The Battery: A Different Sort of Zombie Film7:52 AM
Much like Park Chan-wook's 2009 vampire movie Thirst , The Battery utterly redefines how a zombie movie should feel and what it sho...
Much like Park Chan-wook's 2009 vampire movie Thirst, The Battery utterly redefines how a zombie movie should feel and what it should be.
For those unfamiliar and uninitiated to Thirst, it's a vampire film where vampires aren't quite the point. Most genre films tend to focus on the setting as a part of the plot. From Daybreakers and Blade to the Russian film Nightwatch, vampire movies tend to focus on vampirism as more than just a setting- it's a plot device and a plot focus. It even reaches the levels of being a theme in the film. Predators and prey. Thirst subverted nearly all of this. While the main character is a priest who becomes a vampire of sorts, that fact is nearly irrelevant to the film.
The story, which I'll avoid spoiling, is never about how scary vampires are. It's about how terrifying utter and absolute passion is. The vampirism is merely dressing on a meaty Greek tragedy. The horror is never derived from "OH SHIT VAMPIRES GONNA GET THAT DUDE". No, it's derived from a man being led into forbidden romance and not knowing how to stop.
Thirst might be a much more high profile movie than The Battery will ever be, but they both do the same thing with the plots. The Battery, as I mentioned in the lede, is set in a post-apocalyptic zombie world. Granted, the zombies are more Shaun of the Dead than 28 Days Later, but they're bad enough that the whole world's gone to shit. This is standard fare for zombie films of course. Empty houses, abandoned cars, figurative tumbleweeds rolling down the street.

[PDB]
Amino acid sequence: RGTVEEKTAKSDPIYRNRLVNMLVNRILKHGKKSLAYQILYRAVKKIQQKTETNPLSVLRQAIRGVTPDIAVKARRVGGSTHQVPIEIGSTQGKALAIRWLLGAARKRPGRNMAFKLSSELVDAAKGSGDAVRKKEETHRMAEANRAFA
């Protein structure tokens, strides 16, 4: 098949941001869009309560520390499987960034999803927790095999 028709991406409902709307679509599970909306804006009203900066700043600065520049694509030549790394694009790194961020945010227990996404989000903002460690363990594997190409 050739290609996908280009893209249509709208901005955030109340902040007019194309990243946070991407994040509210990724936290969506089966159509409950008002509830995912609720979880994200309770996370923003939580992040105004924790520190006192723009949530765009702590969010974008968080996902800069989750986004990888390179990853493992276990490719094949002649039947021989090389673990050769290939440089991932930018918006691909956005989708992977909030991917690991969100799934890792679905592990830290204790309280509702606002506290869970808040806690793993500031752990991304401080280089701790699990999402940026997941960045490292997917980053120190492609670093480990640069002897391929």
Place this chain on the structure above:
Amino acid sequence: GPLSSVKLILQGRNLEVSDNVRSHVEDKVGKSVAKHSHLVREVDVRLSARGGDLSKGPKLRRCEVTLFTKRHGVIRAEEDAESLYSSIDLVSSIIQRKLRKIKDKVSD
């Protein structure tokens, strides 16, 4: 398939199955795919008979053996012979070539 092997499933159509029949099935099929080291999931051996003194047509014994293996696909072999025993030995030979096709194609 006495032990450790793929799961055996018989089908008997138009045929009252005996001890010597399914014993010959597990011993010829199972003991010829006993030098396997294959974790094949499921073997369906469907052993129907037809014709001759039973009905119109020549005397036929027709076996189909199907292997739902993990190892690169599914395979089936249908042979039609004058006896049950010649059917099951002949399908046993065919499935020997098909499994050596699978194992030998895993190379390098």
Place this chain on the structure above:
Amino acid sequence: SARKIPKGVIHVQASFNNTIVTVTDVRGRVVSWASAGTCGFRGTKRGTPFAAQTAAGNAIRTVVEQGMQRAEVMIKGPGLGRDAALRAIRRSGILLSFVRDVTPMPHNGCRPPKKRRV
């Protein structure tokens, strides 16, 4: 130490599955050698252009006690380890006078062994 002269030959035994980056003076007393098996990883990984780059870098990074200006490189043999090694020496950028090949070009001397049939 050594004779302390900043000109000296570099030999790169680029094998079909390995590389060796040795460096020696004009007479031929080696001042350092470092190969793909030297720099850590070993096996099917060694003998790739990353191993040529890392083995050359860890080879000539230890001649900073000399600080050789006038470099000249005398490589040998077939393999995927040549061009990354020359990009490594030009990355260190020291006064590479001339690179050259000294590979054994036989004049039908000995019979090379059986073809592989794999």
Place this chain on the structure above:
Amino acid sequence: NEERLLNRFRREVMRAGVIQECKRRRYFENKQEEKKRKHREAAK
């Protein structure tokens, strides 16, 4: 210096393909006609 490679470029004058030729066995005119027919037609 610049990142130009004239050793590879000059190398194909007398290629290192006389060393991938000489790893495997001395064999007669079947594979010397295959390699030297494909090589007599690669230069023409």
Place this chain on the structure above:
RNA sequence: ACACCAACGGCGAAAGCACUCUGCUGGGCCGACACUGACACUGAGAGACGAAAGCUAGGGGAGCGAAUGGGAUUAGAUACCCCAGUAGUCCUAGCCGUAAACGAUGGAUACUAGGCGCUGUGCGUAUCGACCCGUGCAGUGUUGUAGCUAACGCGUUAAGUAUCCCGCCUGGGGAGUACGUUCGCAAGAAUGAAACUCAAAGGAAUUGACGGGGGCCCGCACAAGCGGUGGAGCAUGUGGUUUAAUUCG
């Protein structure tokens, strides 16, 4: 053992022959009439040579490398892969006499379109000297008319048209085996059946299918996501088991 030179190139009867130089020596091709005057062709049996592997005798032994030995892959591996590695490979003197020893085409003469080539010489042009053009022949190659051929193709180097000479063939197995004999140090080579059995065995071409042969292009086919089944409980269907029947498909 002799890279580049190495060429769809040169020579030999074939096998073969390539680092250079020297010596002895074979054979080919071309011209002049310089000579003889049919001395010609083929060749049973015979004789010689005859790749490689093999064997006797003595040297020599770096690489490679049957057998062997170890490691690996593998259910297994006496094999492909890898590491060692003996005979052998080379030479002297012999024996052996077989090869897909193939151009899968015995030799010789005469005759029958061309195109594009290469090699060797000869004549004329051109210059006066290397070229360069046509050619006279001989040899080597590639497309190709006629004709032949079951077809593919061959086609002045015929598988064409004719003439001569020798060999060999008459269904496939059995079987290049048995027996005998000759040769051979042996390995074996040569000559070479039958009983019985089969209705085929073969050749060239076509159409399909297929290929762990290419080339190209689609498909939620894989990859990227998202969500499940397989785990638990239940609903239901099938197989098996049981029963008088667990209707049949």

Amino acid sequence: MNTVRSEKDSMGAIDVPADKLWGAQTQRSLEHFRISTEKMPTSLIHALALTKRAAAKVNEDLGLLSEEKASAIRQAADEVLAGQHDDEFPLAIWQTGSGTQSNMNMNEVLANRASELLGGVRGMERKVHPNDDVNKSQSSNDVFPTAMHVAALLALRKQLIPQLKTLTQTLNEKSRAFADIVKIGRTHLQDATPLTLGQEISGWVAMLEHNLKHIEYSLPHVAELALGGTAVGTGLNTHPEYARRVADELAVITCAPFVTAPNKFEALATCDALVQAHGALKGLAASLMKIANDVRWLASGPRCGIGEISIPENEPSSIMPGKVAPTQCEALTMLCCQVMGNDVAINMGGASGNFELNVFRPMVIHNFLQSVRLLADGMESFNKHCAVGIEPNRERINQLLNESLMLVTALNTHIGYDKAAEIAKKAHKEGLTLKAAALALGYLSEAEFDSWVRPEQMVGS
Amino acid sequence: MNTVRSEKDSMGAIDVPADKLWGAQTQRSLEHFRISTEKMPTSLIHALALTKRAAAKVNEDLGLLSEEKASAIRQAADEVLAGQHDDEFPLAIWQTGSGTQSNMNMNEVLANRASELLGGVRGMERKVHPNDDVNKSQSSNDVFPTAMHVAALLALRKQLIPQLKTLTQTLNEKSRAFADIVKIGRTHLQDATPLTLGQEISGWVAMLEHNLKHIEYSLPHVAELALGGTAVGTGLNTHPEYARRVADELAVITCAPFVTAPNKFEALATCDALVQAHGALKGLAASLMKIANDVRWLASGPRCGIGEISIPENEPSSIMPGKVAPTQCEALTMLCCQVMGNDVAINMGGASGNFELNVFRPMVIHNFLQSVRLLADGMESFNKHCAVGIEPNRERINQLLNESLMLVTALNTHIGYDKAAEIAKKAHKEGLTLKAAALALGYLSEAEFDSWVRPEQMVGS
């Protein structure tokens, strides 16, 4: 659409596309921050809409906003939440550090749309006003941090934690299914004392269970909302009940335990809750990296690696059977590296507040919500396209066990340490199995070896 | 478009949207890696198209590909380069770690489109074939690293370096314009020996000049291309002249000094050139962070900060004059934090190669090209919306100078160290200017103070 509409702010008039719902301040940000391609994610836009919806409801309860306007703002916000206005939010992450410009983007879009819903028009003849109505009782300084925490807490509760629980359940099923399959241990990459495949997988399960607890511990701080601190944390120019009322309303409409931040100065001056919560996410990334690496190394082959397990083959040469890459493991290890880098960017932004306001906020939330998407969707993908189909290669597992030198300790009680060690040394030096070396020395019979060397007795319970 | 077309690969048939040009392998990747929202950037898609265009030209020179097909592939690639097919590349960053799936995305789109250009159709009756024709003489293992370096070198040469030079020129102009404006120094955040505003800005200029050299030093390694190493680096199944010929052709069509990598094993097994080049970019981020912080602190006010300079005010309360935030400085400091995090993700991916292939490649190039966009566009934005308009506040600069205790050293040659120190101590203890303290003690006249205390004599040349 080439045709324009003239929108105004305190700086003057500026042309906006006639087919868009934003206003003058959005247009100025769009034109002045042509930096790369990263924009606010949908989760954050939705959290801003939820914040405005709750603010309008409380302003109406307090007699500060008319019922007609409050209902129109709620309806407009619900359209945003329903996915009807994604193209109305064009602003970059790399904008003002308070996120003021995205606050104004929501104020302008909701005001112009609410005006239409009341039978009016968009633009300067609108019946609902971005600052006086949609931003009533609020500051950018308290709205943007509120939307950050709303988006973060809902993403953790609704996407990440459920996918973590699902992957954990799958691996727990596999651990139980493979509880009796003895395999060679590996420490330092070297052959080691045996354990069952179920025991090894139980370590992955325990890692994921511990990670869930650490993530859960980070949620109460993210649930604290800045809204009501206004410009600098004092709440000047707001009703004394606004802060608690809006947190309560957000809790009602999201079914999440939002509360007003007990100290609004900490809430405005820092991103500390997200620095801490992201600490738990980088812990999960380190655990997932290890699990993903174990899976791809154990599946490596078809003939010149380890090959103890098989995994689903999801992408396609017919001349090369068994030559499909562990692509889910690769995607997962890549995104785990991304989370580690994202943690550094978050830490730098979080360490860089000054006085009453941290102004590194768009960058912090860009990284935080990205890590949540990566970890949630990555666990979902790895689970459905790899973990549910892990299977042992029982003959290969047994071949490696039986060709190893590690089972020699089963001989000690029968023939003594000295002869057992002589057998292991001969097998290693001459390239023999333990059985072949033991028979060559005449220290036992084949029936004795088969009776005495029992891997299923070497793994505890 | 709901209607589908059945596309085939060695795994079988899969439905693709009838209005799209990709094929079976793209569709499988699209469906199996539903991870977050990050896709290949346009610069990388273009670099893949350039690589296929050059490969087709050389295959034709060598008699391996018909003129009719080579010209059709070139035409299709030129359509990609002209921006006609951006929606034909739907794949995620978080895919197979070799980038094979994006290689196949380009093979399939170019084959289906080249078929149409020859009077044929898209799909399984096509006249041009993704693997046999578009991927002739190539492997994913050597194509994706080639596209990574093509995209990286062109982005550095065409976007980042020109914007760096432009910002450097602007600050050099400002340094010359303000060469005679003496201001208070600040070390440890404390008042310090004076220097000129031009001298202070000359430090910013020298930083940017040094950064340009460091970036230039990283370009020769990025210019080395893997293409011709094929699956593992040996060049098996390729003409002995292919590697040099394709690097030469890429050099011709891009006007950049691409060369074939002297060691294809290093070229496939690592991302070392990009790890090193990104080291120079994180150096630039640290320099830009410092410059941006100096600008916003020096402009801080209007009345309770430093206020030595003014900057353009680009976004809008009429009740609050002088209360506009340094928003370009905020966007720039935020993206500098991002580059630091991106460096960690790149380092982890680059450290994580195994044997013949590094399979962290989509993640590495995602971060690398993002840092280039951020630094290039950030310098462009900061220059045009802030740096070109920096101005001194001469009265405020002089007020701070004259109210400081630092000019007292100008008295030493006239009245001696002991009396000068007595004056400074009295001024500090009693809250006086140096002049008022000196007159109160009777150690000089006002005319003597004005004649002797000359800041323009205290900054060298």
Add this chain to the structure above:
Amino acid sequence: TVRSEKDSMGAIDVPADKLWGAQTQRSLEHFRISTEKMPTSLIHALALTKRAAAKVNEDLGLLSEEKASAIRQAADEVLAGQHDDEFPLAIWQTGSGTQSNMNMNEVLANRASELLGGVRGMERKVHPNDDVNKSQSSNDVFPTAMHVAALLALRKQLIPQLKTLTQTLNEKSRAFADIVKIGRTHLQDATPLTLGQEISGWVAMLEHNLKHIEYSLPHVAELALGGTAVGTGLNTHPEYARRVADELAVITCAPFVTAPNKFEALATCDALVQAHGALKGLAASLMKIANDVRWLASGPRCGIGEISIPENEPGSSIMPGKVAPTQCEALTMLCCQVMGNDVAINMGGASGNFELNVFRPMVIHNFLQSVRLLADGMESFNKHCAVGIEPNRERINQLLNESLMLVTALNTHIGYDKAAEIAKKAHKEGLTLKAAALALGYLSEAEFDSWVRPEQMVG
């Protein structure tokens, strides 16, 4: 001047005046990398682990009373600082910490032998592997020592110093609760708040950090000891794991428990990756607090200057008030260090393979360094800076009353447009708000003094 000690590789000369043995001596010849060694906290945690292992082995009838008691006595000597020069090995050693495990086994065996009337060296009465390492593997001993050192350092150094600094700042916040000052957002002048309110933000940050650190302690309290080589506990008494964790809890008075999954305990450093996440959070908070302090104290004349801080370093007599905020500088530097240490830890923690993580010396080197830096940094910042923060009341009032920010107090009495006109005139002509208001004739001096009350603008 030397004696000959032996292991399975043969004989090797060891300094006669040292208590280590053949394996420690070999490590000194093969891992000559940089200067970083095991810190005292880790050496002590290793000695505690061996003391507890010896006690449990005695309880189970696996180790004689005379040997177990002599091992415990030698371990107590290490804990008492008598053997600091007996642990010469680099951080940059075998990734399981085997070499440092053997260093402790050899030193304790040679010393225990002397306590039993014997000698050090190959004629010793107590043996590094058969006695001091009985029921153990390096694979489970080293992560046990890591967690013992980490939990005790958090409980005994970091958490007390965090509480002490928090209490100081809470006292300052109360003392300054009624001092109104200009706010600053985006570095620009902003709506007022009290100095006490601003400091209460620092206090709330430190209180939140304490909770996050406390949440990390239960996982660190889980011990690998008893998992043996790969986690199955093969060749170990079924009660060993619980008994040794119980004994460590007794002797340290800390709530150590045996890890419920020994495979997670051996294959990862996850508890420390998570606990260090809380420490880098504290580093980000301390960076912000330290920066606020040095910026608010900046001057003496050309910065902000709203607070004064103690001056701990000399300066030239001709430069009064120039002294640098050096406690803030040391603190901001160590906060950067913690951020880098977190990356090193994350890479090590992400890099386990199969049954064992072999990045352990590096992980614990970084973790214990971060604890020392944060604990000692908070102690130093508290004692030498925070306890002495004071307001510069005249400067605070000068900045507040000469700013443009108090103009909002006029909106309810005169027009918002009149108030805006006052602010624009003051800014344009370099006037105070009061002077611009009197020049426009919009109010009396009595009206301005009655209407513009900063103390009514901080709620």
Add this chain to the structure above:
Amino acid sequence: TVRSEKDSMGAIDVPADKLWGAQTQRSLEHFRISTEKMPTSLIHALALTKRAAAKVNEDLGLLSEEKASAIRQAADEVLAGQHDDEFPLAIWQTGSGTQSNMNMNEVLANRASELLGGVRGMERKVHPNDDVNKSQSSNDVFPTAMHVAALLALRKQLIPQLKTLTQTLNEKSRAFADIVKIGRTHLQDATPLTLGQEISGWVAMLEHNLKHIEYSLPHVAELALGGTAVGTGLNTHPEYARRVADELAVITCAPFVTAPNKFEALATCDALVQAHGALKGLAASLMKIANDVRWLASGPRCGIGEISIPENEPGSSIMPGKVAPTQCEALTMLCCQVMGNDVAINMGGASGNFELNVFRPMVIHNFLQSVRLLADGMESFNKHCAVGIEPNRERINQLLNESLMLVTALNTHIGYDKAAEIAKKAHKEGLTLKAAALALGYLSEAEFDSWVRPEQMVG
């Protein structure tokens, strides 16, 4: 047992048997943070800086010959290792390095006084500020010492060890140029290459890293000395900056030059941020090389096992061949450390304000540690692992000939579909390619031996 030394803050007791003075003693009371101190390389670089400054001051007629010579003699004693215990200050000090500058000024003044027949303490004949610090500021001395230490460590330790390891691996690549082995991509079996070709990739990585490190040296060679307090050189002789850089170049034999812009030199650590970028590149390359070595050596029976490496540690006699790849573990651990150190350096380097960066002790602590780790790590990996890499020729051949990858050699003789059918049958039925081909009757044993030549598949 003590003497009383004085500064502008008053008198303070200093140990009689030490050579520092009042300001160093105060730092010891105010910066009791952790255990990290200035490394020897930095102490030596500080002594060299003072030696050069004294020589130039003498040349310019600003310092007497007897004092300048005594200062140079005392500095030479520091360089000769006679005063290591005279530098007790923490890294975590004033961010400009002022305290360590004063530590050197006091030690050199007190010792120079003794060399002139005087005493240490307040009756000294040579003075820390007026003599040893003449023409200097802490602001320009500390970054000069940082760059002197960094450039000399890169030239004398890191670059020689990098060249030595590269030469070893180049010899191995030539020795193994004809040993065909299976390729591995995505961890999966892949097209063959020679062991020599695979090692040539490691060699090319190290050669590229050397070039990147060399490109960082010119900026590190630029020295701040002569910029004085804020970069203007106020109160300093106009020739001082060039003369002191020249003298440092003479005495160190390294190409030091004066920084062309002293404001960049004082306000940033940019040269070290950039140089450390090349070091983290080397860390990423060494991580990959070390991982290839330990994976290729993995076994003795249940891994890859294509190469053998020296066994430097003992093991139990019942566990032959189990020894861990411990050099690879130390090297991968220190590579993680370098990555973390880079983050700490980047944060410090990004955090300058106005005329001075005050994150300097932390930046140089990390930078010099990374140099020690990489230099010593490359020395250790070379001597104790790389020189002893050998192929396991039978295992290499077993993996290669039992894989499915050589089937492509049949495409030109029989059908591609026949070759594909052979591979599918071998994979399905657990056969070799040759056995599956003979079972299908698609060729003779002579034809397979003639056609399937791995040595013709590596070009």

What isn't standard fare is making the zombies, for 90% of the movie, nothing but window dressing. There's no horror. There are no scares. Even Thirst, which avoided vampire based scares still embraced horror itself to an extent. The Battery eschews all of that for intense one on one character drama between Mickey and Ben, two ball players who manage to survive the initial zombie onslaught. It's a film that's simultaneously about loneliness and brotherhood. It's a zombie movie that manages to ignore the fact that there are zombies for a vast majority of the film and, rather than suffering for it, succeeds because of it.
The cinematography is excellent, and the director Jeremy Gardner uses longer shots (both distance and temporal length) to his advantage, emphasizing the physical and emotional lonesomeness of the characters.
While I started comparing The Battery to Thirst, I'd like to end by contrasting it with another recent indie(ish) zombie movie: Warm Blood. Warm Blood embraced zombie tropes and concepts happily and whole-heartedly to tell a nice warming (ahem) story. The Battery avoids all of them to tell a story that hurts more than most horror movies could ever hope. It might be set in a zombie world, but it's hardly a horror film— and that's what makes it excel.
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